Mary Heister Reid Chrysanthemums, A Japanese Arrangement, c1895, oil on canvas ©Art Gallery of Ontario
Quiet Harmony: The Art of Mary Hiester Reid
When Mary Hiester Reid died in Toronto in 1921, the Art Gallery of Toronto (now AGO) responded by mounting the largest single-artist retrospective in its history. Today, almost 80 years later, her work is little known - a fate shared by virtually all the female artists of her generation. Reid's artistic vision, expressed through her flower still-lifes, interiors and landscapes, integrated the beauty of Nature into domestic life. Her poetic colour harmonies and exquisite sense of composition embrace an ideal of refined taste and artistic expression. The exhibition Quiet Harmony: The Art of Mary Hiester Reid will revive her name and present her work for public viewing once more.
Born an American citizen, Mary Hiester studied with Thomas Eakins, a controversial teacher at the Pennsylvania Academy of Art during the early 1880s. It was here that she met her future husband, a Canadian, George Agnew Reid. The couple settled in Toronto in 1885, becoming central figures in the local art community. Mary was one of the first women accepted into the Ontario Society of Artists and the Royal Canadian Academy of Arts.
Reid's paintings capture the beauty that surrounded her everyday life. At the time of her death, she was celebrated for her "study and interpretation of Nature in those aspects that appealed most to her...[g]limpses of spring and autumn woodland, moonlit vistas, gorgeously colourful gardens, lovely skies, divinely tinted "ends of evening," and the countless flowers of the fields...." Her friend and colleague, C.W. Jefferys remarked, "The number of [Canadian] painters of distinction is as yet small, but in the short list of those who have shed light upon the path and given direction to the early steps of Canadian Art, the name of Mrs. Reid will always have a prominent role."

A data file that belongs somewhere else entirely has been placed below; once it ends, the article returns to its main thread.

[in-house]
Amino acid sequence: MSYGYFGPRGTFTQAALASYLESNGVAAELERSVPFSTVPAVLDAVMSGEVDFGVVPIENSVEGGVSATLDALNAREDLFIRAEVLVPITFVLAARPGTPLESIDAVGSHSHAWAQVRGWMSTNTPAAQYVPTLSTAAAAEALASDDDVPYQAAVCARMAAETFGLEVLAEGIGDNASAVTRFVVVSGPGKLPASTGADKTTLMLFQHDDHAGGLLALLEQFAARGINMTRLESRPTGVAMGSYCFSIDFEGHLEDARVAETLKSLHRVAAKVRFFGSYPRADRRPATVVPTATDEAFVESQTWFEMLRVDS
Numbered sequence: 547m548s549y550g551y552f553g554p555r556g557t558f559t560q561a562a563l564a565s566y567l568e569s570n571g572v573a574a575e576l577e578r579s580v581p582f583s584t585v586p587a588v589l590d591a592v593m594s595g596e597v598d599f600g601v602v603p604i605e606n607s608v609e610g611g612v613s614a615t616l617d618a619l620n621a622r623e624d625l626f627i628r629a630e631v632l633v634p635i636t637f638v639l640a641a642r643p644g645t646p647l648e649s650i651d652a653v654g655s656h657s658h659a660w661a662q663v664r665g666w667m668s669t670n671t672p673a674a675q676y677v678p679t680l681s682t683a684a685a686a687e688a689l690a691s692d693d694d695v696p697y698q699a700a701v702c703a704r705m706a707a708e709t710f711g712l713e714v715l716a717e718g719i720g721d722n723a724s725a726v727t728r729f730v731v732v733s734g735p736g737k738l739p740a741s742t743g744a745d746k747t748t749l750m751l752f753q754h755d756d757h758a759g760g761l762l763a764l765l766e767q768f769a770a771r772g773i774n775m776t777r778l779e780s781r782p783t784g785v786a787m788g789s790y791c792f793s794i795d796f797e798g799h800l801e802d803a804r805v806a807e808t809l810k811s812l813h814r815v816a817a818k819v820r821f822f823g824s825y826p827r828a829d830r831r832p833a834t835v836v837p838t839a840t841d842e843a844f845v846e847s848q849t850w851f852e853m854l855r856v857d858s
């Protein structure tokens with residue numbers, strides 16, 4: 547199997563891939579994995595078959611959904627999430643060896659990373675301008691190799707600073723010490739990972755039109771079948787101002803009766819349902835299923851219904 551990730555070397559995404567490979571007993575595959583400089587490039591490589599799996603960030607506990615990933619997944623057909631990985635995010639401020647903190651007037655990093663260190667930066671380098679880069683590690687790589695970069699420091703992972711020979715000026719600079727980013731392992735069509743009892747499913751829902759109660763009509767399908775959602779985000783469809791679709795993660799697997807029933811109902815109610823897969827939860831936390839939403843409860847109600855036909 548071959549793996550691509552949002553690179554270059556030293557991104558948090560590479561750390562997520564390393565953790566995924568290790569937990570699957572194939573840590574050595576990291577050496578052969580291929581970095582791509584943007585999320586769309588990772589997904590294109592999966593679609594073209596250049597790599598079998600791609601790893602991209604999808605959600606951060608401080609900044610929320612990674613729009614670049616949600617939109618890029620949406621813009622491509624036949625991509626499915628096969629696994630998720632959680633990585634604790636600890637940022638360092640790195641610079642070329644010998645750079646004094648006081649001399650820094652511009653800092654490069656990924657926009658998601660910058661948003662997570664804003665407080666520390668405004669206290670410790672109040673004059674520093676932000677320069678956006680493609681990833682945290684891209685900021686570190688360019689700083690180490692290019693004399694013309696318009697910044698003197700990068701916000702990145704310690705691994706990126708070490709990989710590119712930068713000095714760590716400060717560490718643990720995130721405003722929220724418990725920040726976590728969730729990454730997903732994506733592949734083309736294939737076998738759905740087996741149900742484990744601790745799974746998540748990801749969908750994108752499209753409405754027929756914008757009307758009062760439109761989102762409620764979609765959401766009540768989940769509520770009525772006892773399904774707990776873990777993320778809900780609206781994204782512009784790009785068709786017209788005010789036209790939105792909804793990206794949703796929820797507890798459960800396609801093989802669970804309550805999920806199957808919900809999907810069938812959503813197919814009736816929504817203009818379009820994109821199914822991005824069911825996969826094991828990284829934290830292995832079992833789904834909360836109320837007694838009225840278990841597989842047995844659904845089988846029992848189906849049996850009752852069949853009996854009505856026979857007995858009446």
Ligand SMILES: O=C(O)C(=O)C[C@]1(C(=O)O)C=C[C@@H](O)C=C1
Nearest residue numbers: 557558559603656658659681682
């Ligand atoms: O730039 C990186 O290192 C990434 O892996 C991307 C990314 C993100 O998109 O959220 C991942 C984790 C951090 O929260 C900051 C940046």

Guest curators Brian Foss and Janice Anderson have selected forty-five paintings from many private and public collections. Their essays, in the fully illustrated catalogue which accompanies the show, explore the life and work of Mary H. Reid, with a special emphasis on her relationship to the burgeoning women's rights movement that was so vital at the time.
Generously supported by